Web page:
Julian Assange’s arrest was a long time coming. After seven years hiding in Ecuador’s London embassy and a number of false alarms, the WikiLeaks founder was finally evicted from the building and passed to British law enforcement on April 11. Though journalists and commentators have long speculated that U.S.
Latest in Secrecy: Leaks Prosecutions
On Monday, the U.S. attorney for the southern district of New York filed a 13-count superseding indictment against Joshua Schulte in connection with the unauthorized disclosure of classified information.
Document: Grand Jury Indicts Former SSCI Staffer for False Statements Regarding Contacts With Reporters
A grand jury in the District of Columbia has charged James Wolfe, the former director of security for the Senate intelligence committee, with three counts of making false statements to a government agency in violation of 18 U.S.C. §1001(2).
Late last week, CNN reported that the Justice Department is close to bringing criminal charges against Julian Assange, the founder of Wikileaks and a longtime resident of the Ecuadorean Embassy in London. Attorney General Jeff Sessions stated that Assange’s arrest is now a “priority.” DOJ has struggled for some time to determine whether and how to charge Assange.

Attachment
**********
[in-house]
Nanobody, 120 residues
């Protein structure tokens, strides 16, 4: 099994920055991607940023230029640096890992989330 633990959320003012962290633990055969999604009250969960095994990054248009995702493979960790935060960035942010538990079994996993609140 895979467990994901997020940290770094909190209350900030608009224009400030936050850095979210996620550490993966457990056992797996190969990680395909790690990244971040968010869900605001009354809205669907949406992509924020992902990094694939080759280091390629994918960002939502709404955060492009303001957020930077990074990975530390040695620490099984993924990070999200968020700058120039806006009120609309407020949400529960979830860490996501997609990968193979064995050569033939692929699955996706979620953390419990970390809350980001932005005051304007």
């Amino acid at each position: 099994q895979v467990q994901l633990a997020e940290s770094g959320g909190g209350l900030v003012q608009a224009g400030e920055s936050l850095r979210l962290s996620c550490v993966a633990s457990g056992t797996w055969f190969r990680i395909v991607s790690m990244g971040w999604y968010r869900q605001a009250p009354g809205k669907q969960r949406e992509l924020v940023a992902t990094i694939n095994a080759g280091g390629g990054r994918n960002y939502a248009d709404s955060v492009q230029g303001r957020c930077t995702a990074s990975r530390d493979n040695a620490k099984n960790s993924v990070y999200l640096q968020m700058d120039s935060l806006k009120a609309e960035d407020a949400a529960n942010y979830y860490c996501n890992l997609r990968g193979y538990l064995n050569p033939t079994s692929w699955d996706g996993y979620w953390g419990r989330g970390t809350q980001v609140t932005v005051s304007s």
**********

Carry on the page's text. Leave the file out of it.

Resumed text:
On February 8th, six months after his arrest for stealing classified information, a federal grand jury in the District of Maryland indicted former NSA contractor Harold Thomas Martin III, 52, according to the Justice Department’s press release.
On Wednesday, a federal grand jury indicted Harold ("Hal") Thomas Martin III, a former private contractor for Booz Allen Hamilton, of willful retention of national security information. The 20-count indictment describes his unauthorized retention of documents belonging to the National Security Agency, as well as the Central Intelligence Agency, U.S. Cyber Command, and the National Reconnaissance Office; the theft took place over a period as early as 1996 until August 27, 2016.
Former deputy chairman of the Joint Chiefs of Staff General James "Hoss" Cartwright has been charged with making false statements regarding the leak of classified information on Stuxnet.
It's getting hard to keep track of the U.S. intelligence community leakers without a scorecard.
I'm not sure, but I think so.
From today's editorial, entitled, "Gen. Petraeus's Light Punishment": Mr.
Anyone remember Samuel Loring Morrison? Espionage Act nerds certainly do.
Morrison was the first person prosecuted and convicted under the Espionage Act for leaking classified material? Morrison was convicted in the 1980s of leaking satellite photos to Jane's Defense Weekly.